Some hunt for the elusive pair of shoes; come the colder months I keep my eyes peeled for quince.
Besides the rarity (which we all know significantly increases attractiveness–sort of a “playing hard to get” theory), quince have a good backstory. The Romans would stuff them into jars and pour over honey, where their tannic, acrid fruit would soften over time, producing both a candied fruit and a fragrant syrup. I’ve even read that they may have been the fruit that got Adam and Eve cast out of the garden of Eden (though since you can’t eat quince raw, that story may be, perhaps, apocryphal. Straight off the tree, in fact, I doubt it would have been all that tempting). Quince are also, surprisingly, the fruit that originated the marmalade (the Portuguese name for the fruit is marmelo) and you may have seen it at the cheese counter in the form of membrillo, which pairs perfectly with manchego. (Yes, this may be ringing a bell: I blogged about making membrillo two years ago. I’ll spare you my reminiscing about Spain right now, which membrillo always induces).
Nonetheless, perhaps the extra work to prepare quince today, vis-a-vis other fruits, has made them fall out of favor, or perhaps it’s that they are not so photogenic. If you saw it in a fruit bowl, you’d probably leave it there. I showed one to my son, who guessed it was an apple or pear, which is not far off, as they are in the same family. But I had to stop him when he tried to filch an uncooked slice and was put off the fruit for good.
So yes, you’ll often find that you need to poach quince before using it. While this is a dreaded extra step, it’s quite easy: just put in the oven for a few hours and relax while your home fills with a warm perfume. The poached slices keep in their fragrant syrup for around two weeks in the fridge, so you can really space things out. Prepping the quince is a bit tricky–while much like slicing apples, the seeded core of the quince is hard and must be cut out. This, along with the slicing, must be done gently–not surgery here, but not as quick as slicing apples for pie. The flesh is slightly grainy (only when raw) and the slices otherwise have a tendency to break on you. Imagine a very dry apple. Nonetheless, this is mainly an aesthetic consideration, and isn’t meant to scare you off! The fruit is sweet, supple, and a lovely rosy hue when cooked. It’s going to look pretty, and taste great, no matter what.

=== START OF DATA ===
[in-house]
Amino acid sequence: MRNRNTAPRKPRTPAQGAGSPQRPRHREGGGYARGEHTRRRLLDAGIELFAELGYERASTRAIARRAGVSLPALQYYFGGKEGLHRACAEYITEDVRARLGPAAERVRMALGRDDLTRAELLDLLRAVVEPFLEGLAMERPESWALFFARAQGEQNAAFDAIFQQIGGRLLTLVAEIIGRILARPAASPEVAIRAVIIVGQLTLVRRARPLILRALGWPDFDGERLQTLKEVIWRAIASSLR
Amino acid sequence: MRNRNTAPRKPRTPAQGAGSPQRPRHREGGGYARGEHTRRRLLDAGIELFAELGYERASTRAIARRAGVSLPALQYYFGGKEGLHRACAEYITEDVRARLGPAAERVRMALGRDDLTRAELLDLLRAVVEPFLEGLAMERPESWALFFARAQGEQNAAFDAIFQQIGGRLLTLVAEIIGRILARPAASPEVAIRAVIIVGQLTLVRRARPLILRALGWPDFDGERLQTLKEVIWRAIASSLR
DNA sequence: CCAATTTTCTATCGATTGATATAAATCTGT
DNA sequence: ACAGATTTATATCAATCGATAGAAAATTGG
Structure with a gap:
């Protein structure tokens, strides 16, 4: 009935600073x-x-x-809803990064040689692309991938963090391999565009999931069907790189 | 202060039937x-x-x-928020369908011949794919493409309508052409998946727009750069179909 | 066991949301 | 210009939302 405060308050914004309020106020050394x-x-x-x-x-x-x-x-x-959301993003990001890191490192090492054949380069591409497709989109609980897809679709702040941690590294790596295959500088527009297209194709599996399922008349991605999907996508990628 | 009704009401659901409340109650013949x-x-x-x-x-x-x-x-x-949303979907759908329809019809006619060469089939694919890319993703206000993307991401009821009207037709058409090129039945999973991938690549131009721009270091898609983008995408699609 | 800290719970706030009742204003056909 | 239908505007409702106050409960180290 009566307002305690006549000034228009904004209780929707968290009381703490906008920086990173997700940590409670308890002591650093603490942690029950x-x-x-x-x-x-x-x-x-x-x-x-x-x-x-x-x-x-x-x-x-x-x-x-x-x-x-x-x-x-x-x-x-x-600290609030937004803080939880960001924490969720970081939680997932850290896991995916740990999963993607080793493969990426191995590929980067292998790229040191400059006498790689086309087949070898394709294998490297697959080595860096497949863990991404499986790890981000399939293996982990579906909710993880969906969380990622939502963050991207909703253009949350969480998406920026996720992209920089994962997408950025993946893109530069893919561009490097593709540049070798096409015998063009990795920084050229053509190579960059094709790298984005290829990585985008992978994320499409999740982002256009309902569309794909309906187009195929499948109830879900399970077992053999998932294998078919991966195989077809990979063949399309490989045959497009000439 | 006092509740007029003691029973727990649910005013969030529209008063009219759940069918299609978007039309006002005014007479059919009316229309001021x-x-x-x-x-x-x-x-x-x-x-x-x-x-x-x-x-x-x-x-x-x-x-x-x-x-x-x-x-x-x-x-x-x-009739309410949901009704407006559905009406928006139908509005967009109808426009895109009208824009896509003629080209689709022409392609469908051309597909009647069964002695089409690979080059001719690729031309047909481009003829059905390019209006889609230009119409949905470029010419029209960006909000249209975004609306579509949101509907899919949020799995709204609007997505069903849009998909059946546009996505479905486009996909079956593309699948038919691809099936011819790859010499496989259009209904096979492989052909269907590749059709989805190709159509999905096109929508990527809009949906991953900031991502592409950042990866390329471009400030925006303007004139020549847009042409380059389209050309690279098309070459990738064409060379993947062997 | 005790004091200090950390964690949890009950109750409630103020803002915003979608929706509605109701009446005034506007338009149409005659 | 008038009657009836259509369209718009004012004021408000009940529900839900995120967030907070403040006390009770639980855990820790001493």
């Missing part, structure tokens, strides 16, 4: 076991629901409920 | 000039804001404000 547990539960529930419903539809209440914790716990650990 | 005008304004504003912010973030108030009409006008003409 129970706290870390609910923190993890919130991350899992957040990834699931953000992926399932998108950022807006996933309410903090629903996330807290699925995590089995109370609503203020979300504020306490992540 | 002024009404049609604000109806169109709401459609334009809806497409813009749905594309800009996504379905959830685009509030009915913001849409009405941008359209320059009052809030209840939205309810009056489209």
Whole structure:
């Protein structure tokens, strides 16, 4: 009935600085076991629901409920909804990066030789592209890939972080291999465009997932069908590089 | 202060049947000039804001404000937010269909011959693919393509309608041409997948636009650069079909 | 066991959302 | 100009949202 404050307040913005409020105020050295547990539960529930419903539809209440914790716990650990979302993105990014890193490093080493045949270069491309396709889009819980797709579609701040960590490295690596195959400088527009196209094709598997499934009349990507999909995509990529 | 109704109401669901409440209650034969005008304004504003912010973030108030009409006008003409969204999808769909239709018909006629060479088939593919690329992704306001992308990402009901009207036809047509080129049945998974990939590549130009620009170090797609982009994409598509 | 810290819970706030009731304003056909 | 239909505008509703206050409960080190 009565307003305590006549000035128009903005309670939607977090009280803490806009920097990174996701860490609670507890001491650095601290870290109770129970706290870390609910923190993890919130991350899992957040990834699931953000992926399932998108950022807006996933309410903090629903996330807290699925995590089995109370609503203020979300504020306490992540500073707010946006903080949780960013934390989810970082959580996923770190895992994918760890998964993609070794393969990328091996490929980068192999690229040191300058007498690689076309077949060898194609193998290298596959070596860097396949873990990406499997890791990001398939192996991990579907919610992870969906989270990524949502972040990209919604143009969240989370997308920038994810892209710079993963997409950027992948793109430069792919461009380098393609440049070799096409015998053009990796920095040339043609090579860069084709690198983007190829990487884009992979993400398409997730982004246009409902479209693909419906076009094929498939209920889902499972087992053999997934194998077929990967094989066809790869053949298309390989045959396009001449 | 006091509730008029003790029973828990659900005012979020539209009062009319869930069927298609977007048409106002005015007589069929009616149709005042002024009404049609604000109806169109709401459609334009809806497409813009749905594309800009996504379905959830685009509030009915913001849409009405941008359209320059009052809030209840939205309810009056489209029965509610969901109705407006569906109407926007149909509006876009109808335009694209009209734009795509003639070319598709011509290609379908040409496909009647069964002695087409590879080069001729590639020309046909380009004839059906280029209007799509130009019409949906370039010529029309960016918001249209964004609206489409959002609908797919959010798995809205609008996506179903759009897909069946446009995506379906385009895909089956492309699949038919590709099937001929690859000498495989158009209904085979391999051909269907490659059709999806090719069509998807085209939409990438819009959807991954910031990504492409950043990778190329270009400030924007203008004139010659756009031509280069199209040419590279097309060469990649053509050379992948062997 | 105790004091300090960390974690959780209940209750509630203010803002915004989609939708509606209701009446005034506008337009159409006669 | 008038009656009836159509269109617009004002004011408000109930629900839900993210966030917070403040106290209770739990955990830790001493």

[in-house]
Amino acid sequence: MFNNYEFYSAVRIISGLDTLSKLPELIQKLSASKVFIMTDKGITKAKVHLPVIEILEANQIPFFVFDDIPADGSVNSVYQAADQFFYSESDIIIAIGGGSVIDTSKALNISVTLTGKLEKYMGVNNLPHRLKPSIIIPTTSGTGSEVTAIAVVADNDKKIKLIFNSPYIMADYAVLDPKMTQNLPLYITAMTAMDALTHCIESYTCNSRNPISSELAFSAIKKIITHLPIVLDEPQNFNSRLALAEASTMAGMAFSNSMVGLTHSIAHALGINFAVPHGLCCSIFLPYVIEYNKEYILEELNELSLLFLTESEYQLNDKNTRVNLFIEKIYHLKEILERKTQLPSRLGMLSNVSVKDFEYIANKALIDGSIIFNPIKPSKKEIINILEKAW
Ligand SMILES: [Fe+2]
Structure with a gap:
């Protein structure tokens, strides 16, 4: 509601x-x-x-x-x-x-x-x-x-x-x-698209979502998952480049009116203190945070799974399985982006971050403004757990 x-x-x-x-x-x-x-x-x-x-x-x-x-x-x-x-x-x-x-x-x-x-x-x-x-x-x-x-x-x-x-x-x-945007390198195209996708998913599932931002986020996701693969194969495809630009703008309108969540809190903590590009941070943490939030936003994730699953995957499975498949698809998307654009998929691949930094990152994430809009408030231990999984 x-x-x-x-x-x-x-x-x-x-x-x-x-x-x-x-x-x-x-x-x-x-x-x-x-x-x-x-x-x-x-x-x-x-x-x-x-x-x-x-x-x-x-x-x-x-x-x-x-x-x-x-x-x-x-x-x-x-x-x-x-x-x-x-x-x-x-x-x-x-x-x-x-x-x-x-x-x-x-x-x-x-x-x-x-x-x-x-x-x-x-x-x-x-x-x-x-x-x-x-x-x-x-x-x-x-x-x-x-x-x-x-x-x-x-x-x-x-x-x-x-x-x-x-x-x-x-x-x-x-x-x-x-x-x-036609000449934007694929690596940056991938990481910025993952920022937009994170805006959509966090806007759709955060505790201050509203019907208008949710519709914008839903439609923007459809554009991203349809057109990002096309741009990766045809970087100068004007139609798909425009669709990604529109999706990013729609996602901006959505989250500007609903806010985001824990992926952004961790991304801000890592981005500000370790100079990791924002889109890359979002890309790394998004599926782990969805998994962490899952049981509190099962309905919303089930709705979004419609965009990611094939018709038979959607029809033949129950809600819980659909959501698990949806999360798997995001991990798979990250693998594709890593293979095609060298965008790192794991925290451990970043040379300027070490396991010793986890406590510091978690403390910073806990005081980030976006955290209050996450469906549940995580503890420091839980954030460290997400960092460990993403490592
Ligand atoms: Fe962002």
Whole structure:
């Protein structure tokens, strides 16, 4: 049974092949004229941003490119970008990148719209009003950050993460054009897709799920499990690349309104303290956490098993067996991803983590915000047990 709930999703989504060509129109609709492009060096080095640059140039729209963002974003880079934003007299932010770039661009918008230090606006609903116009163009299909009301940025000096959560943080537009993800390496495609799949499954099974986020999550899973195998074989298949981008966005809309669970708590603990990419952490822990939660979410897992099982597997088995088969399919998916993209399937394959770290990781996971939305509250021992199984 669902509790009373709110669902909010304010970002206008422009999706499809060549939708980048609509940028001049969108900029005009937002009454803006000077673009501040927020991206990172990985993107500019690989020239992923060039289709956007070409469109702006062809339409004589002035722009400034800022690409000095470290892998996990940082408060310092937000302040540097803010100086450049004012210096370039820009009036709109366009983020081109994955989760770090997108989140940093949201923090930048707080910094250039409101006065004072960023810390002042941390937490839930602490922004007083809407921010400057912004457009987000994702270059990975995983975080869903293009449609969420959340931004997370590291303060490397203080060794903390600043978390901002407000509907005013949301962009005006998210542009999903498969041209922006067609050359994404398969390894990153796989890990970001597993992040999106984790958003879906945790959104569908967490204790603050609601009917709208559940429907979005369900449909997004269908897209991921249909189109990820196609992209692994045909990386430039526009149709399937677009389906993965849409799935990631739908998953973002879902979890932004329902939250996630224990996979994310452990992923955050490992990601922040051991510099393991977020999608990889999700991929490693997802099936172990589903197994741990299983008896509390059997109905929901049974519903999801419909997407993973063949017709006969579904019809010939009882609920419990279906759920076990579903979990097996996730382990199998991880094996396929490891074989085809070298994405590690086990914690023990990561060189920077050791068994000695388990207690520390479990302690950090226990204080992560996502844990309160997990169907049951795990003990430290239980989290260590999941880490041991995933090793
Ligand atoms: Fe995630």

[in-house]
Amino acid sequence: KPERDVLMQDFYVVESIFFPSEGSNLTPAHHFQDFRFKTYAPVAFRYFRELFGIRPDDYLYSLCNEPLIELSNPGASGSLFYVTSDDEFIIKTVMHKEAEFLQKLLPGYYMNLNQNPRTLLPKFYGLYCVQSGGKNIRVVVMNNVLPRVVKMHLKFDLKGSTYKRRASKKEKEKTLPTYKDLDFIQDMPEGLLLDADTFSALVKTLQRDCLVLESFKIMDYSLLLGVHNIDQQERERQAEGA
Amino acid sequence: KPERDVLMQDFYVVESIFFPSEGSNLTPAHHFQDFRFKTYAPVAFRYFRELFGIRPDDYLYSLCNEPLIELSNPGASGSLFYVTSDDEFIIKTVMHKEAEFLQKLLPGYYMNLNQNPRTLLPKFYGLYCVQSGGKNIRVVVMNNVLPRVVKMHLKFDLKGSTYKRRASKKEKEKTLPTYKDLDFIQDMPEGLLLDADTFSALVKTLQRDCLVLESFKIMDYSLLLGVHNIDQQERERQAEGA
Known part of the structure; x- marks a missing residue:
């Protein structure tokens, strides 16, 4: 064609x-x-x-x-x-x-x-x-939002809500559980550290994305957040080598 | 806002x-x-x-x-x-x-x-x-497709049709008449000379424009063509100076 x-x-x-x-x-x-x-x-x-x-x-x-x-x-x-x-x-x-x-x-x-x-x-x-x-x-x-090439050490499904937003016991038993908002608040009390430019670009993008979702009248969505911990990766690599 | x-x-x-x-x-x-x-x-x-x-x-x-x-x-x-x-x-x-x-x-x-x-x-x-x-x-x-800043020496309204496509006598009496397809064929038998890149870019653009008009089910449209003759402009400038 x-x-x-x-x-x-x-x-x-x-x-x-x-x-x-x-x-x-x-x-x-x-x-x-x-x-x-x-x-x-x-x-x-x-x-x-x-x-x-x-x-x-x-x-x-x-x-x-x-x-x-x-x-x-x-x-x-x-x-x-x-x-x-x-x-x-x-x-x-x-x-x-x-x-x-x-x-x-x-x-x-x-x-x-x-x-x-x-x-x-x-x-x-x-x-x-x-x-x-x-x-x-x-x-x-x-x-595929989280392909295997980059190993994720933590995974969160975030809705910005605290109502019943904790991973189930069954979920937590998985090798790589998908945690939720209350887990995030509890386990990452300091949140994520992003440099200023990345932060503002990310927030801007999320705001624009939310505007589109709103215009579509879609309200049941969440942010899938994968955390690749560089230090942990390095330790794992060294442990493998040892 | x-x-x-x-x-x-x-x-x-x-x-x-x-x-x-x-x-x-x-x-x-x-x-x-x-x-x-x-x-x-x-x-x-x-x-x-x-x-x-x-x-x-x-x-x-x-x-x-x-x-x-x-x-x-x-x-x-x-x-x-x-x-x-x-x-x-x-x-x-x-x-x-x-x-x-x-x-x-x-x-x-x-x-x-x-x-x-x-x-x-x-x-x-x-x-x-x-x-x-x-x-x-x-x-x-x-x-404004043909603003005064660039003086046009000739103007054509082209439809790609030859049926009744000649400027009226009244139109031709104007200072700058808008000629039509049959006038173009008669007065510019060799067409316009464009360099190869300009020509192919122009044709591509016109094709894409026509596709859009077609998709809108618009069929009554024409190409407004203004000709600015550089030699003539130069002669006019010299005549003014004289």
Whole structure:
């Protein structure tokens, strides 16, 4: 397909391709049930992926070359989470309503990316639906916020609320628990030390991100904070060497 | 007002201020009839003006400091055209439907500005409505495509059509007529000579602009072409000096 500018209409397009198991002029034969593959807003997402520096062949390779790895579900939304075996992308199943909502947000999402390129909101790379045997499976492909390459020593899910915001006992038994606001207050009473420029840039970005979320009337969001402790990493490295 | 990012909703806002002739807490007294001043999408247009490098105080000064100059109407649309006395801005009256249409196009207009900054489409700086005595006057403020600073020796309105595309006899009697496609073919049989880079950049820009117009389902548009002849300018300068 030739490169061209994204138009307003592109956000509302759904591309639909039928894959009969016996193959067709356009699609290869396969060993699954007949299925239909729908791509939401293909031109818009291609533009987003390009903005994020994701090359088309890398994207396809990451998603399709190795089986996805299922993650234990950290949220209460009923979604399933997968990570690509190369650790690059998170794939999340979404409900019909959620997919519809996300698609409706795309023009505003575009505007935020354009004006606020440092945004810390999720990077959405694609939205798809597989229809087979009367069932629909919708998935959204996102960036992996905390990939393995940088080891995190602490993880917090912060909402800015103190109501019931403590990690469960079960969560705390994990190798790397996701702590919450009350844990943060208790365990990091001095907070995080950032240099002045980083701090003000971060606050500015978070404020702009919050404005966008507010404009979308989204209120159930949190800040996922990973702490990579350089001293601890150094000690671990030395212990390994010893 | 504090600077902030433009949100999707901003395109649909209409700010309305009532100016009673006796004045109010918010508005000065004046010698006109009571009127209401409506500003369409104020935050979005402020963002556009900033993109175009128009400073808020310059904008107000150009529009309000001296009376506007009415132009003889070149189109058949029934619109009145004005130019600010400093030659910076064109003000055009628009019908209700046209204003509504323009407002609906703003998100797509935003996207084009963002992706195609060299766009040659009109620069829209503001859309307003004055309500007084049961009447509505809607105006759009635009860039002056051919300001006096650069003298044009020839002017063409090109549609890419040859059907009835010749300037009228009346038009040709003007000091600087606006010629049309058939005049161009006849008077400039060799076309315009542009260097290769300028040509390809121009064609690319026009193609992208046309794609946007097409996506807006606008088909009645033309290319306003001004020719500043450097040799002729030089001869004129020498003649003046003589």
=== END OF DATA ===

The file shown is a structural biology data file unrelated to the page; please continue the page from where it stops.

I simply spiraled the quince slices on a rolled out piece of pie dough, and folded the edges over to make a rustic galette. (Galette: the fancy sounding but much more relaxed version of pie–here, here, here, and way back here). We brought this to a friend’s for brunch where it was happily received. While you might have to explain again what quince is if you do the same, you’ll find that while unusual it’s readily approachable and easy to love. Extra poached quince could be spooned over oatmeal, eaten straight, or used in other recipes–such as this Gingerbread Quince Upside-Down Cake from the lovely Apartment 2B Baking Co., which I made for New Year’s Eve.
And on that note, Happy New Year!
- ¾c sugar
- 3c water
- juice of one lemon
- ½ vanilla bean or 1t vanilla extract
- 4 medium quinces (1½ pounds), peeled, cored, and sliced.
- 1 disc of pie dough–use your favorite. (I used spelt flour mixed with all-purpose here).
- Poached quince (from above)
- 2T sugar
- melted butter or half-and-half
- 1½ T sugar (preferably sanding or turbinado sugar)
- Preheat the oven to 300F.
- Put all ingredients into a baking dish and cover with foil or a lid, and bake for 1½ hours until rosy and tender. Your kitchen will be warm and perfumed.
- Let cool and store the quince in its poaching liquid.
- Preheat the oven to 400F.
- Roll the pie dough into a 14-inch circle. Starting in the middle, arrange the quince slices in a spiral. When you have a rough 1½ to 2 inch border, fold this over. (It’s going to overlap here and there and double over itself–that’s fine).
- Brush the crust with melted butter, cream, or half-and-half and sprinkle with sugar.
- Bake on the bottom of the oven for 45-50 minutes, until the crust is golden brown. Remove from the oven and cool on a rack.